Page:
Affects non-essential businesses. Death toll rises to 5.
Following a weekend that brought the number of COVID-19 related deaths in Wisconsin to five, Gov. Tony Evers is enacting a “safer at home” policy that will take effect sometime Tuesday.
Evers made the announcement via Twitter Monday morning. He then said on a conference call Monday afternoon that additional details would not be forthcoming until Tuesday. The order is a more restrictive measure, similar to “shelter in place” policies that other states and other countries are starting to use to slow the spread of the deadly coronavirus.
While Evers did not provide specifics Monday, he did say folks “need to start taking this seriously.”
The total number of positive coronavirus cases is 416, with 7,050 people testing negative for the virus.
“You can still go out and take a walk. Go for a bike ride, walk the dogs. It is good exercise and it is good for everybody’s mental health,” Evers said. “But please don’t take any other unnecessary trips, and limit your travel to essential needs like going to the doctor, grabbing groceries and medication.”
Businesses deemed “non-essential” will no longer be allowed to stay open. When asked if construction projects would be allowed to continue, or hardware stores will remain open, Evers repeatedly told the press more details would be provided Tuesday. He did say no one will be forced to leave work in the middle of the workday Tuesday.
Evers said he discussed the decision to move beyond the state’s current guidelines that discourage gatherings of more than 10 people and have closed movie theaters, spas, hair salons, and limited restaurants and bars to carry-out and delivery, after talking with public health experts, business leaders and local elected officials.
“Overwhelmingly, the response I heard is we need an all hands on deck approach in order to stop the spread of COVID-19 in Wisconsin,” Evers said.
Evers did not talk to Republican leaders. They were critical of his decision to not provide details Monday when the “Safer at Home” order will take effect on Tuesday.
Wisconsin Department of Health Services Andrew Palm said the new “safer at home” policy is needed to prevent a surge in cases, which would overwhelm the state’s healthcare system.
To further prevent that from happening, five strike teams were created over the weekend. The focus of these teams will be to offer as much support as possible to the frontline workers caring for infected patients.
Strike team members will focus on specimen collection and laboratory capacity, personal protective equipment and other essential supplies, isolation facilities, surge capacity, healthcare worker childcare, and contact tracing and surveillance.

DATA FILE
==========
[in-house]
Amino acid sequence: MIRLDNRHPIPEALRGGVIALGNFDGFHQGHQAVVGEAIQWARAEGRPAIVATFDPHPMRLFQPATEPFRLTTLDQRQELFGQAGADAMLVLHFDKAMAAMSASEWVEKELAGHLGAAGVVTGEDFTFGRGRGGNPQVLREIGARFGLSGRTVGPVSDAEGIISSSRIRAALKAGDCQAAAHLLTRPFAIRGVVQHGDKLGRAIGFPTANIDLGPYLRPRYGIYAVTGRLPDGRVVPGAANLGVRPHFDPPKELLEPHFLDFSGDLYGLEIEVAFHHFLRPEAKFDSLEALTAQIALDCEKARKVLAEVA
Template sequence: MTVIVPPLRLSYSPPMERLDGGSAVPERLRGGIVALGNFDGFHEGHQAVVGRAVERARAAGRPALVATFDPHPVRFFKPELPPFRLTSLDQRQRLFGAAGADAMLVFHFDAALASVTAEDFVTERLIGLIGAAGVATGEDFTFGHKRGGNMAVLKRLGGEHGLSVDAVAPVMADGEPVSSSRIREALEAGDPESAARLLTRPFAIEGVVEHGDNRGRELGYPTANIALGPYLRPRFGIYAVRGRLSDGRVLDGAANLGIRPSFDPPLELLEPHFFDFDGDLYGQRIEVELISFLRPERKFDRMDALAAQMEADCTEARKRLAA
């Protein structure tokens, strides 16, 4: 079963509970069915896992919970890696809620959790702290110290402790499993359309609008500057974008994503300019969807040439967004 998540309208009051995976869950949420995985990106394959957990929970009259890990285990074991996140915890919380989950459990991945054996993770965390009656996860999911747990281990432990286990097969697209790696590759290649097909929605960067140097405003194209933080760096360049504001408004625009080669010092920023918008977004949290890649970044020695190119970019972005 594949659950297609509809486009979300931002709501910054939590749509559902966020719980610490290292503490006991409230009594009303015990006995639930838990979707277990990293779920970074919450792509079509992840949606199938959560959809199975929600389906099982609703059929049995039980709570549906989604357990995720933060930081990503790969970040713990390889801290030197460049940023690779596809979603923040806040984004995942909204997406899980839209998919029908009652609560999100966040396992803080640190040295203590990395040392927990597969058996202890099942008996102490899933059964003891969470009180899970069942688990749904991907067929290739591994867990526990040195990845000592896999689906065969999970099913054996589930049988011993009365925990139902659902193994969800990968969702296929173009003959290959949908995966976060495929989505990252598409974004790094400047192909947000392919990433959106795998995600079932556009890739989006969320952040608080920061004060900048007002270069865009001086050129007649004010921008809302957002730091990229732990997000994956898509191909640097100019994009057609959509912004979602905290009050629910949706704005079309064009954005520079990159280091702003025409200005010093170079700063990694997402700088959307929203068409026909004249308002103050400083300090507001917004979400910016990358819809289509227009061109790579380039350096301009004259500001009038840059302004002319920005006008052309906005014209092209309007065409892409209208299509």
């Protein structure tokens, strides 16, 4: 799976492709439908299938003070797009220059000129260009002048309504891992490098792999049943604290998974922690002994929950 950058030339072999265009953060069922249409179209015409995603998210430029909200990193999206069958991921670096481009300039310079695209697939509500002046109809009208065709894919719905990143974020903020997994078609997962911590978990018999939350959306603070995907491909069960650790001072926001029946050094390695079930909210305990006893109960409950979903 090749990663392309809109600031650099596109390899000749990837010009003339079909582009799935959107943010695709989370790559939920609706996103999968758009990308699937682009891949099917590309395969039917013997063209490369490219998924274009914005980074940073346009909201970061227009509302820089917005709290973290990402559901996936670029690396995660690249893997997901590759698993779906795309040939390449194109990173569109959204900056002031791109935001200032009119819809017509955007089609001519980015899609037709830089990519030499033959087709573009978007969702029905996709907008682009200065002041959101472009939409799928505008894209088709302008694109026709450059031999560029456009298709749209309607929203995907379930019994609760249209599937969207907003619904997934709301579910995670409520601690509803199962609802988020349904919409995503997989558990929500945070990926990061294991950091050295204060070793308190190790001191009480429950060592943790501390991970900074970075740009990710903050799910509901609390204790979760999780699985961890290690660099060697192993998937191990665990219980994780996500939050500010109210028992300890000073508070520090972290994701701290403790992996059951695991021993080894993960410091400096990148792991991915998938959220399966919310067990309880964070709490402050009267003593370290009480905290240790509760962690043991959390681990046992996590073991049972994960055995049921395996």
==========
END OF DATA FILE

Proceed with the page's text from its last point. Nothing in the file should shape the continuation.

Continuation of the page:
Evers said he was not prepared to issue a “safer at home” order until those strike teams were in place.
He added private sector partnerships have been established with Epic to provide project managers and streamline data collection. This means, for example, having real-time numbers as to how many people are testing positive and how many patients are hospitalized due to the virus at one time and how many hospital beds statewide are available.
Exact Sciences is now providing additional sample testing capabilities and Promega is supplying a much-need reagent that is necessary for testing kits. Epic, Exact Sciences and Promega are all located in the greater Madison area.
Adjutant General Major General Paul Knapp with the Wisconsin National Guard said roughly 300 guardsmen have been activated to assist with the response to the coronavirus.
He said six medics from the National Guard currently are assisting at Village Pointe Commons, a senior living facility in Grafton, where a 91-year-old man in the memory care unit died from the virus last week . The medics will leave in a few days when the facility is able to find a solution to its staffing shortage, Knapp said.
“This is a great example of what we are here for .. what we are designed to do,” Knapp said.
Knapp also will be coordinating a personal protective equipment, or PPE, buy-back program for the state. The state is struggling with a shortage, forcing many nurses and other healthcare professionals to reuse single-use surgical masks.
Knapp said the state will accept donations or purchase gloves, surgical masks, gowns, face shields and thermometers from companies that may have closed because of the virus. He said they will have the flexibility to add baby formula, diapers and hand sanitizer to the list in the future.
“I would just encourage everyone to use a calm sense of urgency in this time of need,” Knapp said.